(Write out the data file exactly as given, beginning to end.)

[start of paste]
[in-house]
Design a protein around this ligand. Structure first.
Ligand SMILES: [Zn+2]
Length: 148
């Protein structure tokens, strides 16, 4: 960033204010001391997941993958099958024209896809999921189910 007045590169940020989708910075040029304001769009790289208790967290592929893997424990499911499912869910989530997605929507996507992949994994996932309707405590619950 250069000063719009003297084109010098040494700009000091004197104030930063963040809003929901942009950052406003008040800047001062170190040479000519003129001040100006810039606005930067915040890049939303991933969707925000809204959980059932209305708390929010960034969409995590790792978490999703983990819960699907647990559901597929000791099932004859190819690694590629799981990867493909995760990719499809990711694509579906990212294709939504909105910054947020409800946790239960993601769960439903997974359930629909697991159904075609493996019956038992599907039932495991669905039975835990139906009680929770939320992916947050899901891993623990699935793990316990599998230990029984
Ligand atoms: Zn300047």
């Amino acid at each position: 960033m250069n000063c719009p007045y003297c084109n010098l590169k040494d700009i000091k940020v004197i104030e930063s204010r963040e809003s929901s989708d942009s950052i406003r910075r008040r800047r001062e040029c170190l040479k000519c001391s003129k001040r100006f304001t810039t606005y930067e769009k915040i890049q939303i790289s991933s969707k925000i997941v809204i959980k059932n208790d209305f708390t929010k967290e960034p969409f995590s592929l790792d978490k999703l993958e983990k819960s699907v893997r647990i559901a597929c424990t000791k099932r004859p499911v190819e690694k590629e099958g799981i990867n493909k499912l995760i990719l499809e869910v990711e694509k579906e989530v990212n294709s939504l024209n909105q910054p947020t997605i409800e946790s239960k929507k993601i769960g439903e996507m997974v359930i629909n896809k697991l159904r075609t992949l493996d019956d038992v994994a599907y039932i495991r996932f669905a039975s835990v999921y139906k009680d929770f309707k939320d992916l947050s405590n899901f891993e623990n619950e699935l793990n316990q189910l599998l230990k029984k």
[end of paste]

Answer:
[in-house]
Design a protein around this ligand. Structure first.
Ligand SMILES: [Zn+2]
Length: 148
């Protein structure tokens, strides 16, 4: 960033204010001391997941993958099958024209896809999921189910 007045590169940020989708910075040029304001769009790289208790967290592929893997424990499911499912869910989530997605929507996507992949994994996932309707405590619950 250069000063719009003297084109010098040494700009000091004197104030930063963040809003929901942009950052406003008040800047001062170190040479000519003129001040100006810039606005930067915040890049939303991933969707925000809204959980059932209305708390929010960034969409995590790792978490999703983990819960699907647990559901597929000791099932004859190819690694590629799981990867493909995760990719499809990711694509579906990212294709939504909105910054947020409800946790239960993601769960439903997974359930629909697991159904075609493996019956038992599907039932495991669905039975835990139906009680929770939320992916947050899901891993623990699935793990316990599998230990029984
Ligand atoms: Zn300047």
């Amino acid at each position: 960033m250069n000063c719009p007045y003297c084109n010098l590169k040494d700009i000091k940020v004197i104030e930063s204010r963040e809003s929901s989708d942009s950052i406003r910075r008040r800047r001062e040029c170190l040479k000519c001391s003129k001040r100006f304001t810039t606005y930067e769009k915040i890049q939303i790289s991933s969707k925000i997941v809204i959980k059932n208790d209305f708390t929010k967290e960034p969409f995590s592929l790792d978490k999703l993958e983990k819960s699907v893997r647990i559901a597929c424990t000791k099932r004859p499911v190819e690694k590629e099958g799981i990867n493909k499912l995760i990719l499809e869910v990711e694509k579906e989530v990212n294709s939504l024209n909105q910054p947020t997605i409800e946790s239960k929507k993601i769960g439903e996507m997974v359930i629909n896809k697991l159904r075609t992949l493996d019956d038992v994994a599907y039932i495991r996932f669905a039975s835990v999921y139906k009680d929770f309707k939320d992916l947050s405590n899901f891993e623990n619950e699935l793990n316990q189910l599998l230990k029984k």